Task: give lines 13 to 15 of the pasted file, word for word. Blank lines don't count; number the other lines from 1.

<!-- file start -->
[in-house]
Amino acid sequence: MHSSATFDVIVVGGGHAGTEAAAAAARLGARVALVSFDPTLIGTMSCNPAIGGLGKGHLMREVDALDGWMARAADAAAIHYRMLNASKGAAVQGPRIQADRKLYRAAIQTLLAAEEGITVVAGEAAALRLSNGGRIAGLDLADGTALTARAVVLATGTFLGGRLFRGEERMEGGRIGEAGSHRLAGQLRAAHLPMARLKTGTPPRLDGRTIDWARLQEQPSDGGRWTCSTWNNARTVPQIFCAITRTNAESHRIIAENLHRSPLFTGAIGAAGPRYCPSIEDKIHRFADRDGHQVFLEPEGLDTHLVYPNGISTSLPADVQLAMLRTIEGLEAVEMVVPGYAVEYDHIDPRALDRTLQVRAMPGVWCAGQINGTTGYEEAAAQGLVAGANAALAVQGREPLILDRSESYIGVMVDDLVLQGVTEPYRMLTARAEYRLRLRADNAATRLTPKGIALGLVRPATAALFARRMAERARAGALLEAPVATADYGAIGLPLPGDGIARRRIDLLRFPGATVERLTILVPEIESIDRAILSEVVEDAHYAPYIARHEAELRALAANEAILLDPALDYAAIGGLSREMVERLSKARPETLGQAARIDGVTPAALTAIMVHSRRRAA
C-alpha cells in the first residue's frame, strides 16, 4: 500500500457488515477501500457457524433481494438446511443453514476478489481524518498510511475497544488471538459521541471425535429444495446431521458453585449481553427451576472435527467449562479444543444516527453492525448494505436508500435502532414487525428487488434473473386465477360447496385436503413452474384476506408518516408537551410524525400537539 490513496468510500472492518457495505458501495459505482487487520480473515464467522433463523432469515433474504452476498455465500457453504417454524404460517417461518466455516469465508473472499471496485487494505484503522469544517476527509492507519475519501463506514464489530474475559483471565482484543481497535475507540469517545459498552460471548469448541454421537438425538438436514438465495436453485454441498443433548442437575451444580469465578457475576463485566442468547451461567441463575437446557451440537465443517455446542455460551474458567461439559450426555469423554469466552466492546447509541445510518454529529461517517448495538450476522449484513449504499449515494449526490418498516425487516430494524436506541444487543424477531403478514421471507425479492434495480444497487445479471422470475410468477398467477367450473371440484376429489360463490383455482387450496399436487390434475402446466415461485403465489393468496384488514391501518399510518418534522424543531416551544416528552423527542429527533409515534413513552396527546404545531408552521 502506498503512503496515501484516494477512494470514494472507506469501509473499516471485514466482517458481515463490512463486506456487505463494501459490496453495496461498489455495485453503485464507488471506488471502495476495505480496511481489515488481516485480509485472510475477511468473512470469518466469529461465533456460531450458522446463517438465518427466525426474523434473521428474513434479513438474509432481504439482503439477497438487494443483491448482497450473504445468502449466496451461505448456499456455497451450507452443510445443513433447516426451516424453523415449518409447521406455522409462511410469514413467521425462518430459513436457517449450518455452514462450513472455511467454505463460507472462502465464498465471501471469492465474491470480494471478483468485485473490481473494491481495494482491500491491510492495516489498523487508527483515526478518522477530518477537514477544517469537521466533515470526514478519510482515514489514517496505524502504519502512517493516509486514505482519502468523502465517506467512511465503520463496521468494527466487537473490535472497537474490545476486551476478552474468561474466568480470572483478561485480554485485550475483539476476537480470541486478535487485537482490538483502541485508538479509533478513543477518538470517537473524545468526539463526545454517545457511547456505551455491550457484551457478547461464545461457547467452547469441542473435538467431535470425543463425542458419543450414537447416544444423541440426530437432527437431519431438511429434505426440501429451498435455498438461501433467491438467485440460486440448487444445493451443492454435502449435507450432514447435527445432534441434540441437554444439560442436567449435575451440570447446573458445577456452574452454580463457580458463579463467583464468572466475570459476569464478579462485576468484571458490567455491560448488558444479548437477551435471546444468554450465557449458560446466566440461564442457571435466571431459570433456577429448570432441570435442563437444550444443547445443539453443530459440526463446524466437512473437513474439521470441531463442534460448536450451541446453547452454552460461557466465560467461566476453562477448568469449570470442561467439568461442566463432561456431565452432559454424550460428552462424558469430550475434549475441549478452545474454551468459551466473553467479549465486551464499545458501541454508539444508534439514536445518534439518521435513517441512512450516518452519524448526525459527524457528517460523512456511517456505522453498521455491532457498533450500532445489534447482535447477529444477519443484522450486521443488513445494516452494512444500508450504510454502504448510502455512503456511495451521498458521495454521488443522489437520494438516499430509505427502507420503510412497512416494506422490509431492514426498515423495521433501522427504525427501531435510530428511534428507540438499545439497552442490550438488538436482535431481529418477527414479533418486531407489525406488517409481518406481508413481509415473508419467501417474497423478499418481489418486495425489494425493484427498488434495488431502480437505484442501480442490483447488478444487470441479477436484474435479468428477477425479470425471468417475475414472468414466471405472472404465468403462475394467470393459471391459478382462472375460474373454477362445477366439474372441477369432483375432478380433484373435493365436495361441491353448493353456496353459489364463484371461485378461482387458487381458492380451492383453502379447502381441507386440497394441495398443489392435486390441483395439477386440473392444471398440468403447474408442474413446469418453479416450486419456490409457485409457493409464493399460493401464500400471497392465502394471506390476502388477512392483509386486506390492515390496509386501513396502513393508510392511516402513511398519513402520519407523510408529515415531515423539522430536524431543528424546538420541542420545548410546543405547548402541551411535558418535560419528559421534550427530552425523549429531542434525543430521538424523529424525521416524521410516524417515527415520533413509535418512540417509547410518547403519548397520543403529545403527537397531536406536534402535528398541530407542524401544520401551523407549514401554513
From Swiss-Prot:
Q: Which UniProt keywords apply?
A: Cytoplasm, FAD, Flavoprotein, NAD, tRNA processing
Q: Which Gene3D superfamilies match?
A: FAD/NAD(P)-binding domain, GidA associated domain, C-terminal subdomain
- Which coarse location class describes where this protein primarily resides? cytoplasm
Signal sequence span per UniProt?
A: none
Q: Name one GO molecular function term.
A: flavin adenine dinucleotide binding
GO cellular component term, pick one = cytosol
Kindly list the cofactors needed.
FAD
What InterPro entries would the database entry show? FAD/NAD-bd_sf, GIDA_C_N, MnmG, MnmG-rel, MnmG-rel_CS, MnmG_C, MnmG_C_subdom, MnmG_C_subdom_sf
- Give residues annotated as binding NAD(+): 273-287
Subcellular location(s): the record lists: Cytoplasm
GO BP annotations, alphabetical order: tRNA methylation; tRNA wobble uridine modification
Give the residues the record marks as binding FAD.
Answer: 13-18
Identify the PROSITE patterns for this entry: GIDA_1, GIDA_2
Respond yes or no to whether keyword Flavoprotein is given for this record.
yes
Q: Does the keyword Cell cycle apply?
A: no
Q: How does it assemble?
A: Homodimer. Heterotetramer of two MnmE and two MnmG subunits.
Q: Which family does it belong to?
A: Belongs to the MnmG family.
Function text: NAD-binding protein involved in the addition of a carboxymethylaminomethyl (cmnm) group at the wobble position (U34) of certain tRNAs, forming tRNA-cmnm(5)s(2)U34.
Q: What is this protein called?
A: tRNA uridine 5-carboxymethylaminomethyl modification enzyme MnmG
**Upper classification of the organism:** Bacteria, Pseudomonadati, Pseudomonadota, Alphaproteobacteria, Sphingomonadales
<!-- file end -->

A: flavin adenine dinucleotide binding
GO cellular component term, pick one = cytosol
Kindly list the cofactors needed.